The Common Man Bowls every Political Party

 

The Common Man Bowls all Political Parties in India

The Common Man Bowls all Political Parties in India

Found this brilliant piece of work by Neelabh on the the Times of India masthead today, and deservedly so. It shows the way elections in India are a completely unpredictable affair — no amount of opinion polls and exit interviews can help. Every constituency is unique, every booth different, every election machine throws up surprises. Every seat is hotly contested, my booth had around 8 candidates. There is a mad scramble for votes, hook and crook both have their own role to play.

And the election results are always a suprise especially in national politics. Voters in India are confused about what is good at the national level, whats good at the state level — and many times your choice vary quite a bit based on the scale of the elections, and the candidate in your constituency. Besides, I am not sure if many people actually know the difference between the parties apart from the symbols. It’s a game of partnerships, with powerful sects, groups, communities with mass appeal, and if you pull the right leader, you pull all the followers with them. 

At the end, it really is like the big fat bowling ball that is quite unpredictable, try as you might to place it. The pins, kings and men, can roll with equal probability, and the pins that stay behind become the kingmakers the next time. Horses are traded, donkeys get promoted to ministers, blatant foxes smile behind the curtains of power, a new set of people make money in the next 5 years, policies be damned!

Yes, elections in India are quite an entertainment, quite like the game of bowling!

Advertisements

Indian Politics ki “Jai Ho”

Can Indian Politicians ever stay away from capitalizing on anything that remotely smells of success? From India Shining (and subsequently whining) to Chak De Congress, Indian Politicians have always been lapping anything popular and successful in order to boost their political fortunes, in the hope that ordinary citizens will vote in elections the same way as they buy soaps (by watching commercials) and unfortunately many do!

This time around, Congress has bought the exclusive electoral publicity rights to the inspiring and lively Jai Ho song from Slumdog Millionaire for a whopping Rs. 1 crore from T-Series, and to prevent their arch rival BJP from using the song to their advantage. It’s a bitter rivalry brewing out there – Congress firmly believing that people will get duped into believing 5 years of hodge-podge rule has had a similar effect on India – a slumdog turning into a millionaire, and sing Jai Ho on railway platforms after Congress’ deafening victory in the political circus. Of course, the effect on India can not be predicted, but all the slumdog politicians will surely turn into millionaires overnight. Narendra Modi, BJP’s own bête noire, has pitched in with a new gem:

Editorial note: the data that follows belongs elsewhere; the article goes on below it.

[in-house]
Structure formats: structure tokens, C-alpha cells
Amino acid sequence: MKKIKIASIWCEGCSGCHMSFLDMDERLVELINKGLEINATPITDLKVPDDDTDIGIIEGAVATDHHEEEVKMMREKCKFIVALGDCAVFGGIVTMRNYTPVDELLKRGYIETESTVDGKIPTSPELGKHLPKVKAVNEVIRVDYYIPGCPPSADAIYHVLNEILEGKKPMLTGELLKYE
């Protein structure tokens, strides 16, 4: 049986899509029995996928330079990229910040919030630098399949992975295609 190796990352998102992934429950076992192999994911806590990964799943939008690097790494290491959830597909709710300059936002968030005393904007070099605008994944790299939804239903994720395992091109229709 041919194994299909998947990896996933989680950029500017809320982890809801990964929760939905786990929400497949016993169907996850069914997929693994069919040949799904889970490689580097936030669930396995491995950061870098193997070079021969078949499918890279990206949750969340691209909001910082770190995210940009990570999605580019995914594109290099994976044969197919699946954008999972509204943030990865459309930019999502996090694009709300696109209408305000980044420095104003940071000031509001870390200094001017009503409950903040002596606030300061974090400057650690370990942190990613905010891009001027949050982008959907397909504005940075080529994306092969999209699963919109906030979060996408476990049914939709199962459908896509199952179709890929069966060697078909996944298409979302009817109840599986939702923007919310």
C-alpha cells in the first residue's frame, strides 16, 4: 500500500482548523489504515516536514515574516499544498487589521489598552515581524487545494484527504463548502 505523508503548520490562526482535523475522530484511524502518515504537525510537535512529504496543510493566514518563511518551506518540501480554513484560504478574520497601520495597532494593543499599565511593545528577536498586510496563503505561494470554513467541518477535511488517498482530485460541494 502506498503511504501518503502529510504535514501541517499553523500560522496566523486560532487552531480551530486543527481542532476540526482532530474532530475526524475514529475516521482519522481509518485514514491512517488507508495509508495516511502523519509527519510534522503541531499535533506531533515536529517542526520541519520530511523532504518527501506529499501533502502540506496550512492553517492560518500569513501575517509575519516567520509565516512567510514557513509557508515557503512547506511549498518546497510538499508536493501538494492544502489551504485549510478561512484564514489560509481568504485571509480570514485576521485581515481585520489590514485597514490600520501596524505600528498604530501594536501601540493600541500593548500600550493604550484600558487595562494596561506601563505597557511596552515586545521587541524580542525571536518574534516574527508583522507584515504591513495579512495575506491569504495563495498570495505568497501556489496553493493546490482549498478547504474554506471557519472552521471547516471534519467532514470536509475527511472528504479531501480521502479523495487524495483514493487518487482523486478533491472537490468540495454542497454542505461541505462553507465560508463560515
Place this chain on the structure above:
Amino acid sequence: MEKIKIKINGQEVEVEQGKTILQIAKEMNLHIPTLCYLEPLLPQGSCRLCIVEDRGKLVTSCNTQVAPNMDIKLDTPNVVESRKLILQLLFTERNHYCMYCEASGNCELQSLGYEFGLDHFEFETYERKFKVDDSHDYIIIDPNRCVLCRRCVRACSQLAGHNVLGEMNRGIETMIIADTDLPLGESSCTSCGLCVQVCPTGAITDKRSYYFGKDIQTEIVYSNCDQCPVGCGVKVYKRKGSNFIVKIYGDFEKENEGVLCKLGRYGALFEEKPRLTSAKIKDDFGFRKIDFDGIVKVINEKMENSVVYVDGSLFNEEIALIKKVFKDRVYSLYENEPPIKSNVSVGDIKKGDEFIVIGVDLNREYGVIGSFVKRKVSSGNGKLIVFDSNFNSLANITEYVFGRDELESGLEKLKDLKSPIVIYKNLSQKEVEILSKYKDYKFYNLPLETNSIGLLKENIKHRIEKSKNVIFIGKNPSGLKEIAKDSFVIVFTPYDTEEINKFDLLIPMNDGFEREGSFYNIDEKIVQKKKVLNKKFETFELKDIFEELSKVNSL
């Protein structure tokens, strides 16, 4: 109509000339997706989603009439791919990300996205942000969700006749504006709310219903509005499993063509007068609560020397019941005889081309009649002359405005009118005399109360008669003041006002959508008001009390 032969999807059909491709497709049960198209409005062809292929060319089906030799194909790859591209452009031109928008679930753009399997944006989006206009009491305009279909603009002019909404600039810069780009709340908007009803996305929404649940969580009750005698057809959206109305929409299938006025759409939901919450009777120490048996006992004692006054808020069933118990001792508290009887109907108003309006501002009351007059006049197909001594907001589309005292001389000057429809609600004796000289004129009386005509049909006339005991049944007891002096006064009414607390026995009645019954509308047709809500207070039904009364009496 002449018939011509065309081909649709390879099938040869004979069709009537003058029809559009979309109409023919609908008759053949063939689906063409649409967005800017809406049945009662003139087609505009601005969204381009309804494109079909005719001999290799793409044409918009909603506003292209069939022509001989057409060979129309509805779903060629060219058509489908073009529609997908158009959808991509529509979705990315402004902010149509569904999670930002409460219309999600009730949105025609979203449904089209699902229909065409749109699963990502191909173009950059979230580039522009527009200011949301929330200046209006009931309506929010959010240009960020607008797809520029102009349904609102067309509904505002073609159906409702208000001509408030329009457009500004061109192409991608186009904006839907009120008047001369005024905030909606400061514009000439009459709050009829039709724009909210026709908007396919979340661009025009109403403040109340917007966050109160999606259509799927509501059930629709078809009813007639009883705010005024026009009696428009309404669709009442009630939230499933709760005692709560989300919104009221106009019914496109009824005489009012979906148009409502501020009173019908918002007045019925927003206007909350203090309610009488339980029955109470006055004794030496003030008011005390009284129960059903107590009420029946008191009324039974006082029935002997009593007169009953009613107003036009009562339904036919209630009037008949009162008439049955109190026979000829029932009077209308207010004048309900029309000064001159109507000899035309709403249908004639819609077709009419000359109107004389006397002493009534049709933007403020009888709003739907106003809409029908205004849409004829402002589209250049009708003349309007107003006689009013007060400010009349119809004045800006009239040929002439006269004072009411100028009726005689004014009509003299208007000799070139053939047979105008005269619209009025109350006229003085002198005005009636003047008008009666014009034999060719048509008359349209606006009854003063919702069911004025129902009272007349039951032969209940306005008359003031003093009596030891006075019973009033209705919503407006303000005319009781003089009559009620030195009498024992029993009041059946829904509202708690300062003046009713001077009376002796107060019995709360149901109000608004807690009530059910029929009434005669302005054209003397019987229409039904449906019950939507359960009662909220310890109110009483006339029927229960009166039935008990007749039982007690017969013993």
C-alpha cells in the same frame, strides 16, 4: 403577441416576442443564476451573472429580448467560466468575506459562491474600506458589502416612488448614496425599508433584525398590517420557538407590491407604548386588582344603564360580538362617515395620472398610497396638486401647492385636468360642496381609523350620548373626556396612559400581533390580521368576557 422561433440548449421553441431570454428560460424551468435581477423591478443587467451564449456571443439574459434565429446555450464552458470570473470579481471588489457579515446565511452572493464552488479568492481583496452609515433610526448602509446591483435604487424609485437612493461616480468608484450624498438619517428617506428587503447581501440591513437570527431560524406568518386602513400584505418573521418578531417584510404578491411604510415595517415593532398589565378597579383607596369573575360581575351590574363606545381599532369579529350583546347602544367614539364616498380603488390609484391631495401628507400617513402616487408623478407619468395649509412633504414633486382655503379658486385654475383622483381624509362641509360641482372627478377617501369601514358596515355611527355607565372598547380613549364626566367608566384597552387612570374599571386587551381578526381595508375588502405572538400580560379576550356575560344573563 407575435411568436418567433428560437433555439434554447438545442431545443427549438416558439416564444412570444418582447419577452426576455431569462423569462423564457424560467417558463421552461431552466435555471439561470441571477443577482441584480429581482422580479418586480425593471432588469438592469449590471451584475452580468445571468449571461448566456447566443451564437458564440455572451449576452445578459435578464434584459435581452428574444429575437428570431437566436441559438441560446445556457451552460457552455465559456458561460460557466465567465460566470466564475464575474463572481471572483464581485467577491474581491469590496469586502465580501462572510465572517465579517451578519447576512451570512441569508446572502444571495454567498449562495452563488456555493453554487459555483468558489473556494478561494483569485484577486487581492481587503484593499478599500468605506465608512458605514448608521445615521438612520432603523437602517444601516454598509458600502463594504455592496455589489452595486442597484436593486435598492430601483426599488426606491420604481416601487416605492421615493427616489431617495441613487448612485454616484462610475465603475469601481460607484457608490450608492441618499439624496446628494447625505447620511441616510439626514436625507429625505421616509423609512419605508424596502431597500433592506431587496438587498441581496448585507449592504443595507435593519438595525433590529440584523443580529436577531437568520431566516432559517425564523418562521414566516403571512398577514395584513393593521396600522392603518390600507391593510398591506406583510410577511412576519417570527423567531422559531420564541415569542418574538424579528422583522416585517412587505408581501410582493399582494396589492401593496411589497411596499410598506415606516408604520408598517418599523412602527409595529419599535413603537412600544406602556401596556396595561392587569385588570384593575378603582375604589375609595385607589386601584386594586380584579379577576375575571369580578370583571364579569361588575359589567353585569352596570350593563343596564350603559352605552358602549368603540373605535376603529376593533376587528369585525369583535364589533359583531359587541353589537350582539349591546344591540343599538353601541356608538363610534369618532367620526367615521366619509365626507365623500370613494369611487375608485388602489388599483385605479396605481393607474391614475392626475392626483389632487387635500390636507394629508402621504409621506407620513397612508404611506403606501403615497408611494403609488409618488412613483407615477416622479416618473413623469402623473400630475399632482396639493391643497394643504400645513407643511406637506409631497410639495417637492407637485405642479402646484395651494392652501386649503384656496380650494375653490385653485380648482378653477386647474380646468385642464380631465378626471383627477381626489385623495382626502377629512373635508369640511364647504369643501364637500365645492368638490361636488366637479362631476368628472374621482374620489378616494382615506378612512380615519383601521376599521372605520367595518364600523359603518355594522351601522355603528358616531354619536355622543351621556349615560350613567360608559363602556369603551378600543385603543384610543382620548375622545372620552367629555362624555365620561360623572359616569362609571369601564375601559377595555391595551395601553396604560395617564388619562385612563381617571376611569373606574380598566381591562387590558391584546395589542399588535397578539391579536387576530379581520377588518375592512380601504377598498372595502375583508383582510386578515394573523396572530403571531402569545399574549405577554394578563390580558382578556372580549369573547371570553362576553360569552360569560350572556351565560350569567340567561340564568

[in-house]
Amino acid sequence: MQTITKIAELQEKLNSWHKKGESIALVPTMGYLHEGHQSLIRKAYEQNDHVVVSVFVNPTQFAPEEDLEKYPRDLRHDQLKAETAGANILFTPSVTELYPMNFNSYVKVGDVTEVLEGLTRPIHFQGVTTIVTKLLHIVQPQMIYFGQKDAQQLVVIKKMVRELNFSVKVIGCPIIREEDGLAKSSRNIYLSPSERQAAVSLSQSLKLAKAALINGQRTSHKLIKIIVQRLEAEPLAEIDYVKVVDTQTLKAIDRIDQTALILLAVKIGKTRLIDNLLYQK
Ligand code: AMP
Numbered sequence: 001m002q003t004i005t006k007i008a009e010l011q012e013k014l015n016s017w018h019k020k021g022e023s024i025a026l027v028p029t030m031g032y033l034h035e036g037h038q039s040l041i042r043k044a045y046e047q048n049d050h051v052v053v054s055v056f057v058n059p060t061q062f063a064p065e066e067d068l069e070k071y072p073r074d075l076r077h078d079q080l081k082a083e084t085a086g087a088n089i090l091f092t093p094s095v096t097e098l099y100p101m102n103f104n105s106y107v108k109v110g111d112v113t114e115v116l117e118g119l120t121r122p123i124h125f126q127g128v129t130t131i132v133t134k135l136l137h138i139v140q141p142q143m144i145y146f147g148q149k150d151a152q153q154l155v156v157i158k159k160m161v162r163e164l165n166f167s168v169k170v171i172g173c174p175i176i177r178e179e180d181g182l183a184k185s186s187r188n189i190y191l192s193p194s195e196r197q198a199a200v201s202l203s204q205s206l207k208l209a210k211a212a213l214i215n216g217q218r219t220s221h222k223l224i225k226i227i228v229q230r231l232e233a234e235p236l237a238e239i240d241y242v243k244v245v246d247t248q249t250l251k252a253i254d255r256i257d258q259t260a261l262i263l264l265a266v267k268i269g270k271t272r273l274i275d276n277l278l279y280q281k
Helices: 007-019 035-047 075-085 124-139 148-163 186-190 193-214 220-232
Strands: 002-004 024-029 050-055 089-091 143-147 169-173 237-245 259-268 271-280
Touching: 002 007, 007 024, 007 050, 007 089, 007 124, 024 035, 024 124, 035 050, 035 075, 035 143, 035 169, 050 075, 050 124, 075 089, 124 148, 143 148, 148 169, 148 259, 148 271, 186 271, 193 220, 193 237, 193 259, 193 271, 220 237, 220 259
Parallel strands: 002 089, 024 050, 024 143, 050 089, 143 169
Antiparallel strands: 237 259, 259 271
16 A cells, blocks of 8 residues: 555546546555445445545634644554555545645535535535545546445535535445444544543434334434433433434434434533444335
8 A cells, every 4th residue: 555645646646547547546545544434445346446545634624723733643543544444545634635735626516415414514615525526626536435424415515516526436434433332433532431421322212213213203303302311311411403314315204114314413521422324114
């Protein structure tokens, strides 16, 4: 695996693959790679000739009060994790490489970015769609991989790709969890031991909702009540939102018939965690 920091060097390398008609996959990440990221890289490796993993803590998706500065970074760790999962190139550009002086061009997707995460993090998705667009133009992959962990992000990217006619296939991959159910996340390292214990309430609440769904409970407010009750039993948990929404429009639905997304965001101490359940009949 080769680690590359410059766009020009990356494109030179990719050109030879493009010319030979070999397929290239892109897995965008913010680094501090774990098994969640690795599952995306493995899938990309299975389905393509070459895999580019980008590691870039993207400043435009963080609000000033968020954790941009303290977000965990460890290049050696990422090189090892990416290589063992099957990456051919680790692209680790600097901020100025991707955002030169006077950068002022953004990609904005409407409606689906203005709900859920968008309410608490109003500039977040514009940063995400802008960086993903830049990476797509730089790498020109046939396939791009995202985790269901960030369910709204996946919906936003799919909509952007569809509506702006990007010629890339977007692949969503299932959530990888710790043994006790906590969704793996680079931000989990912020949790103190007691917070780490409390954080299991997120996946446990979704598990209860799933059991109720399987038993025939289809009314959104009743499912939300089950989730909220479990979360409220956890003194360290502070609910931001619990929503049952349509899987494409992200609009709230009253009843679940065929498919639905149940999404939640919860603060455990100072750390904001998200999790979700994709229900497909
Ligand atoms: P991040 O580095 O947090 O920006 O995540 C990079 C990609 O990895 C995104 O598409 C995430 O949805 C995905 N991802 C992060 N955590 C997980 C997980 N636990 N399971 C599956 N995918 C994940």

The credit for Slumdog getting Oscar awards should go to India’s ruling Congress party because without years of the Congress rule there would not have been slums in India

Not that the BJP is far behind in the circus. From going back to the Ayodhya Ram Temple chant to woo voters, to advertizements all over the internet for the only “stalwart in Indian Politics” – LK Advani, the BJP has been trying to do an Obama in India. According to “some” (mine) estimates, LK Advani has single-handedly managed to help the Indian online advertizing industry to survive in these tough times, since wherever I go on the net, his pic follows me like a pug.

It’s only going to be an interesting elections to watch – my personal prediction is a hung parliament (which I can bet my money on) and re-elections very soon. Last time around, the hand used the sickle to weed out the lotus, until it really seemed to falter midway, and the cycle had to carry it to the finishing line. This time, however, the elephant is marching to other states, trampling hands and lotuses, flowers, and sickles. It will be an interesting and worrysome experience to watch this elections. (link)

Jai Ho!

[Found a blog with lots of elections09 coverage]

Why Politicians make for bad Policy Makers?

I was reading this piece in Businessworld, and found a very succinct reason why politicians, who are so successful at stirring up local emotions, falter when they win the elections and enter the bigger stage (near the end of the article): [link]

Politicians grow up in stagnant little wells of local politics, where they learn to play with parochial prejudices. The prejudices are shackles in the larger roles politicians end up in.

Made a lot of sense to me!

Sometimes, some politicians are smart enough to figure out that in order to build up grassroots base they need to stir up emotions — and they do it just to win the elections, even though they know full well that its just a means to an end. What’s happening in Mumbai (marathi maanoos) and what happened in Gujarat (post Godhra) earlier, and often keeps happening in Bangalore (Kannada Rajyabhasha) are obvious examples of these.

I am also so thankful that our prime minister is a non-political person. At least he doesn’t do things for a political win — however, I wish he had some more politicial dexterity to handle his party, his coalition-partners, and the opposition better.

%d bloggers like this: